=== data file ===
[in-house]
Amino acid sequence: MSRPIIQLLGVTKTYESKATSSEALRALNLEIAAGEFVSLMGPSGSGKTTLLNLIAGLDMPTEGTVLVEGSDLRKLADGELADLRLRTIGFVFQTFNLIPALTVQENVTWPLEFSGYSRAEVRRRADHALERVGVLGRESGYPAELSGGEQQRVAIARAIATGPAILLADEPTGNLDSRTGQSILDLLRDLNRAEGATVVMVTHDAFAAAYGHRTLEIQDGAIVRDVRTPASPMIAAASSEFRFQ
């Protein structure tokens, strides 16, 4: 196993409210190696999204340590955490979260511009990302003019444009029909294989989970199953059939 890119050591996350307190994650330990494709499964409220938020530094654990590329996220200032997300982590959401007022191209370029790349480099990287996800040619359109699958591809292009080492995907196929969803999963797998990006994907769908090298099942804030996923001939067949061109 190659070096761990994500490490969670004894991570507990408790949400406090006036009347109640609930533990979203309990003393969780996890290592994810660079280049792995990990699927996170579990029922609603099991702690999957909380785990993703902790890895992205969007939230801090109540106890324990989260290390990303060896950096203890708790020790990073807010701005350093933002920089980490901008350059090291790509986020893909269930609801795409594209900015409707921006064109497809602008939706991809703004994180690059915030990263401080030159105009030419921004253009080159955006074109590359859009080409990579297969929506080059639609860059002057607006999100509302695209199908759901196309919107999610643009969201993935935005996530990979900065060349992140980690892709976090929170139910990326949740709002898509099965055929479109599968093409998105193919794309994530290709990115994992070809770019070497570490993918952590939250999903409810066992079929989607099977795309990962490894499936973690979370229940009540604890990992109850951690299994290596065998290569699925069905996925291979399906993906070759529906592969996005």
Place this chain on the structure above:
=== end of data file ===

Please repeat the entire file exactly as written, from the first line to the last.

[in-house]
Amino acid sequence: MSRPIIQLLGVTKTYESKATSSEALRALNLEIAAGEFVSLMGPSGSGKTTLLNLIAGLDMPTEGTVLVEGSDLRKLADGELADLRLRTIGFVFQTFNLIPALTVQENVTWPLEFSGYSRAEVRRRADHALERVGVLGRESGYPAELSGGEQQRVAIARAIATGPAILLADEPTGNLDSRTGQSILDLLRDLNRAEGATVVMVTHDAFAAAYGHRTLEIQDGAIVRDVRTPASPMIAAASSEFRFQ
């Protein structure tokens, strides 16, 4: 196993409210190696999204340590955490979260511009990302003019444009029909294989989970199953059939 890119050591996350307190994650330990494709499964409220938020530094654990590329996220200032997300982590959401007022191209370029790349480099990287996800040619359109699958591809292009080492995907196929969803999963797998990006994907769908090298099942804030996923001939067949061109 190659070096761990994500490490969670004894991570507990408790949400406090006036009347109640609930533990979203309990003393969780996890290592994810660079280049792995990990699927996170579990029922609603099991702690999957909380785990993703902790890895992205969007939230801090109540106890324990989260290390990303060896950096203890708790020790990073807010701005350093933002920089980490901008350059090291790509986020893909269930609801795409594209900015409707921006064109497809602008939706991809703004994180690059915030990263401080030159105009030419921004253009080159955006074109590359859009080409990579297969929506080059639609860059002057607006999100509302695209199908759901196309919107999610643009969201993935935005996530990979900065060349992140980690892709976090929170139910990326949740709002898509099965055929479109599968093409998105193919794309994530290709990115994992070809770019070497570490993918952590939250999903409810066992079929989607099977795309990962490894499936973690979370229940009540604890990992109850951690299994290596065998290569699925069905996925291979399906993906070759529906592969996005």
Place this chain on the structure above: